Tag Archive: painting

An early start at Blickling this week, and the first hour was spent harvesting some second early potatoes; variety ‘Nicola’. I don’t know these but have been told they are pretty tasty…’Charlotte’ is my favourite and I’ve just harvested a good crop in Old School Garden (I gather our neighbours enjoyed them too while we were away in Australia).

After that and reconnecting with some of the garden volunateers I missed last week, I went with them to the Parterre, which is looking splendid at present. The two Peters were continuing to paint the metal tunnel in the Walled Garden, with just the top half to do..involving painting from a platform.

The jobs in the Parterre were edging the grass and weeding. A fan of edging (it’s second to hoeing of the garden jobs  in my book), I found some reasonably sharp edging shears and managed to complete the set of four borders (new volunteer Tim had done one already) before departing home…to continue to get the home garden back to some semblance of order…

Progress is being made!

Further Information:

Blickling Hall website

Blickling Hall Facebook page

A 360 degree tour of Blickling Hall

Old School Gardener







It’s nearly two months since I was last at Blickling and I was wondering how the place might be looking, as it’s getting into peak visiting season.

I had lots of catching up to do, but after a few weeks with very little floral colour it was wonderful opening the garden door and coming across the double borders in all their summer glory.

It was great meeting up with the gardening team of staff and volunteers. With the other chaps I went over to the Walled Garden and was bowled over with the sight that greeted me…fabulous summer colour and every area with something growing in it, including a wide range of fruit and veg, all looking very healthy.

And whilst away the metal tunnel that runs the length of the central path (erected and welded together just before I went away) is now being painted…something the ‘two Peters’ were tasked with continuing with their tins of black ‘Hammerite’ paint. It really does add great vertical interest to the garden and will look absolutely splendid as the apples hat have been planted alongside it reach up and over to create a fabulous ‘green walk’. I also noticed a couple more new bench seats set out on the side paths which add to the scene.

Fellow volunteer Chris and I set about weeding between the rows of various vegetables (including some rather vicious globe artichokes), mainly hoeing with the occasional hand forking out of any larger plants. This was relatively easy work on a pleasantly warm and sometimes showery day…it was good to be out in the open and tackling some physical tasks once more.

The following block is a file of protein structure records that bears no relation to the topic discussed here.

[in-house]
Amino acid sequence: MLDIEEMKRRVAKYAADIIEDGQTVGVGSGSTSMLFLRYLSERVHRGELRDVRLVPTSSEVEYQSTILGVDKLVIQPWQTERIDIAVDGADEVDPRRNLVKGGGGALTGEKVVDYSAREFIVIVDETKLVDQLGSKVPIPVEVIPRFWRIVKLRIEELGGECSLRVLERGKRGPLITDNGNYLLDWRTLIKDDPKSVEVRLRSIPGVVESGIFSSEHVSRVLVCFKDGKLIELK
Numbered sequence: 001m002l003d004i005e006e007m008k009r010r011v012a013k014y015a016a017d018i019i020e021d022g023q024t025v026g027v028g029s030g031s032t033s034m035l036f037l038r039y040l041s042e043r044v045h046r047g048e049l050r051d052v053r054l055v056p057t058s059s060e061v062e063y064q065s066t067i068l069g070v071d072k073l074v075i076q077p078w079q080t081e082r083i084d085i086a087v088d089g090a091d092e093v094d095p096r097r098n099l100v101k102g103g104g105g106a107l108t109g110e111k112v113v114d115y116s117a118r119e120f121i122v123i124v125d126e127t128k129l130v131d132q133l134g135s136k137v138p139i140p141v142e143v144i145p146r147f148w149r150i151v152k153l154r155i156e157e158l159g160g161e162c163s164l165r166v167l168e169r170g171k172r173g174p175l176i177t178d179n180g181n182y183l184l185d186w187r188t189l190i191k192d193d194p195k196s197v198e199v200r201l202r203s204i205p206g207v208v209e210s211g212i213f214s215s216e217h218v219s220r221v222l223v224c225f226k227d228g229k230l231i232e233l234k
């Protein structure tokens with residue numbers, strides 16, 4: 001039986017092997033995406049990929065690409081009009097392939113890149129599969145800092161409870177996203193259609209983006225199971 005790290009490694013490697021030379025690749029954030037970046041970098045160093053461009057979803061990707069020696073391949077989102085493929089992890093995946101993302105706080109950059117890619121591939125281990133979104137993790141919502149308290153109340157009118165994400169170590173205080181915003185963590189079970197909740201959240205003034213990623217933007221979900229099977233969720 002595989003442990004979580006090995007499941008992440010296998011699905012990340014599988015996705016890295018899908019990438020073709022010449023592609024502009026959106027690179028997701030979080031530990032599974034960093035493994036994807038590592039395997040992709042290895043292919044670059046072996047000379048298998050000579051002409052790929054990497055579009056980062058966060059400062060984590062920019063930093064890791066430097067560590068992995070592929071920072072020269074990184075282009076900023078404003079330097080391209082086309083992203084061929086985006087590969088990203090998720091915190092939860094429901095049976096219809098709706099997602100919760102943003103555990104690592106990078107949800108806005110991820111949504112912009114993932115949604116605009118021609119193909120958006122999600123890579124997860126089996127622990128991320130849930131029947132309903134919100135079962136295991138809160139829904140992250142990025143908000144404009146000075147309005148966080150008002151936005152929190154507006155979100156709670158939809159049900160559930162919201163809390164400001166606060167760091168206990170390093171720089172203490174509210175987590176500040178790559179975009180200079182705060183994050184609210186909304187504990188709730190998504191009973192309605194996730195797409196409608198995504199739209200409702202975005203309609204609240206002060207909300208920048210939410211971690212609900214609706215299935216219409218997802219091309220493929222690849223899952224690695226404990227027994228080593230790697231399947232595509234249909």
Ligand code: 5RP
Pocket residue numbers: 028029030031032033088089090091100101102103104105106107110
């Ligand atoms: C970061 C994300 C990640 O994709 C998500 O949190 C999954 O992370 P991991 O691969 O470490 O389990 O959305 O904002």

Another pleasing sight was the south-west quadrant of the garden , which was the last to be cultivated. a fine sward of grass in the shape of a key hole is surrounded by vibrant floral interest and all symbolically done to represent the Indian flag, to link in with an exhibition at the House about the Marquis of Lothian’s connections to that country.

The whole scene was quite a contrast to Old School Garden,which after six weeks of letting nature do her own thing, looked rather less neat and tidy, as you might imagine. Still, after a lot of urgent attention since returning from Australia, it is starting to look rather more cared for.

As I left a little early (together with a bunch of wonderful Dahlias from the Walled Garden), to get on with the clear up at home, it was nice to hear ‘great to have you back’ from a couple of the gardening team… it was great to be back.

Further Information:

Blickling Hall website

Blickling Hall Facebook page

A 360 degree tour of Blickling Hall

Old School Gardener







Hmm... a suitable case for treatment?

Hmm… a suitable case for treatment?

You can extend the life of a freestanding garden brick wall, provided it is still safe.

First, cap the wall top with a coping of engineering bricks, which are water resistant. alternatively use tiles laid on the slant, so that water easily runs off.

Next, cover nearby plants with plastic sheeting, then rake out loose areas of mortar using a wire brush.

Repoint the wall where necessary using a ready-made mortar mix to save time using your own. If the walllooks like (it is probably worth trying to match the mortar to the colour of the existing if you can, so for an old wall it might mean using lime mortar).

Finish off by painting on a silicone sealer to extend the wall’s life and stop algal growth on shady walls. To finish off you can apply two coats of masonry paint- there are plenty of colours available…maybe black or dark green to show off those nice foliage plants and flowers you’ll plant in front?

This approach can be used on freestanding walls, such as those used as garden boundaries. But if your wall forms part of the house and it’s exposed to the elements, then it’s wise to avoid coating it as it needs to ‘breathe’; repointing is the best method of  repair here.

The ultimate in painted walls- extend your garden with a 'Tromp l'oeil'!

The ultimate in painted walls- extend your garden with a ‘Tromp d’oeiul’!

Source: ‘Short Cuts to Great Gardens’- Reader’s Digest 1999

Old School Gardener




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